The renowned social media platform, Facebook, recently launched the Facebook Gaming app, a platform dedicated to watch live streaming of games in an attempt to compete with other platforms such as Twitch. While initially meant for Android users and made accessible for them, it was recently launched for their iOS counterparts after some months of reviewing. While it has been fully functional for Android users, the same can’t be said for the Apple App Store, as it comes without the section for mini games.
Condemning the Apple App Store policies, they decided to remove the section itself after facing several rejections in the past months. They had even attempted to obtain Apple’s nod of approval many times before going ahead with this decision. Facebook certainly isn’t too happy with this compromise. The social media platform had even made use of a new appeal process that Apple had introduced the previous year that is meant for developers facing multiple rejections for their apps, to challenge the App Store rules and guidelines. But this too didn’t succeed and that came as the final straw before they launched the iOS version of the app without Facebook’s Instant Games platform.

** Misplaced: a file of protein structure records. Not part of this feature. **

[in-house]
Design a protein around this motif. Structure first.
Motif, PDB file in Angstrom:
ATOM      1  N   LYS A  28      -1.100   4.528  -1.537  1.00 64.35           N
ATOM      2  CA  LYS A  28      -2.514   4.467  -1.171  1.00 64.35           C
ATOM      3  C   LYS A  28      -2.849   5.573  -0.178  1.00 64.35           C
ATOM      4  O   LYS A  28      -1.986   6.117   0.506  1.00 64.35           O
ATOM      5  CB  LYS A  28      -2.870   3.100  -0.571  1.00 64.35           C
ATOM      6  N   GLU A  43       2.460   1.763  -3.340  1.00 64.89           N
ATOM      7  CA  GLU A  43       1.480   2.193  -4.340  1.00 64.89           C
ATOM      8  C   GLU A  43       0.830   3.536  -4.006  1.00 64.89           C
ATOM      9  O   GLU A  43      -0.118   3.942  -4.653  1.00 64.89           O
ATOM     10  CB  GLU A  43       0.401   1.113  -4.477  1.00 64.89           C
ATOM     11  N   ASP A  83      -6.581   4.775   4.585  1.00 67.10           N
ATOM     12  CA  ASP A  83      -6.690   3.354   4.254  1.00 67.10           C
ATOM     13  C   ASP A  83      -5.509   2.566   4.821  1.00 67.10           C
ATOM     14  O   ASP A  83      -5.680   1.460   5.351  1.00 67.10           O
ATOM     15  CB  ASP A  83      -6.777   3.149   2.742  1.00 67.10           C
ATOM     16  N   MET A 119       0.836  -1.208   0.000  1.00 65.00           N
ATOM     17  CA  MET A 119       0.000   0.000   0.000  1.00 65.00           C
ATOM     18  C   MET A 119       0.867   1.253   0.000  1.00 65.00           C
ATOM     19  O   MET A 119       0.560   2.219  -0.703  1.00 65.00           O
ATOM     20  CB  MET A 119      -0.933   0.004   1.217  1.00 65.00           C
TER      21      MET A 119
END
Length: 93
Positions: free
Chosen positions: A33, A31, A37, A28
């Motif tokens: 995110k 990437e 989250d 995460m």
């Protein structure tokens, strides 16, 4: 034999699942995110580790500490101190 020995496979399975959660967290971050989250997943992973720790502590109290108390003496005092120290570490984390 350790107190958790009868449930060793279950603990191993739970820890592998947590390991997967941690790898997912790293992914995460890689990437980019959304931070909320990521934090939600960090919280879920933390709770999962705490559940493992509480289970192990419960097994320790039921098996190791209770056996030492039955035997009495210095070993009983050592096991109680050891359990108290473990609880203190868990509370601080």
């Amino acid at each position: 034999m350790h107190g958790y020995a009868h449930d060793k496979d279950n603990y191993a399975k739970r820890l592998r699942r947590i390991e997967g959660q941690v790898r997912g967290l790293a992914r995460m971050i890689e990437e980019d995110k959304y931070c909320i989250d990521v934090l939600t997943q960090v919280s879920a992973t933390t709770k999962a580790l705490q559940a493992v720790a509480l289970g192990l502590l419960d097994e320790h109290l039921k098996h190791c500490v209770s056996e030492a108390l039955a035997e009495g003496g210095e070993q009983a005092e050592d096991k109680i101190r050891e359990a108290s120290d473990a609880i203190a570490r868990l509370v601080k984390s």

Apple, on the other hand, justified their rejection of Facebook’s appeals by claiming App Store guidelines violations and emphasising that the main objective of using Facebook Gaming is for playing games. However, the social media platform counters by saying that about 95% of the app’s activity is watching streamers live streaming games. Apple cited App Store guideline 4.7 to reason for the rejections. Yet another Apple spokesperson told the publication that “our customers enjoy great apps and games from millions of developers, and gaming services can absolutely launch on the App Store as long as they follow the same set of guidelines applicable to all developers, including submitting games individually for review, and appearing in charts and search.”
Vivek Sharma, the Facebook Gaming chief further expressed his displeasure at more compromises that had to be made stating that “even on the main Facebook app and Messenger, we’ve been forced to bury Instant Games for years on iOS. This is shared pain across the games industry, which ultimately hurts players and devs and severely hamstrings innovation on mobile for other types of formats, like cloud gaming.”
What’s more is that, this is just some days after Microsoft ended their xCloud testing on iOS platforms. While having stated no reasons for the same, it can be speculated that the Apple Store policies may be the underlying cause for the same.
Regardless of all that, Apple still maintains that while they can’t review every single game offered by these services, they are committed to making games thrive on iOS platforms as long as games are submitted individually for review and also meet other rules and guidelines of the App Store.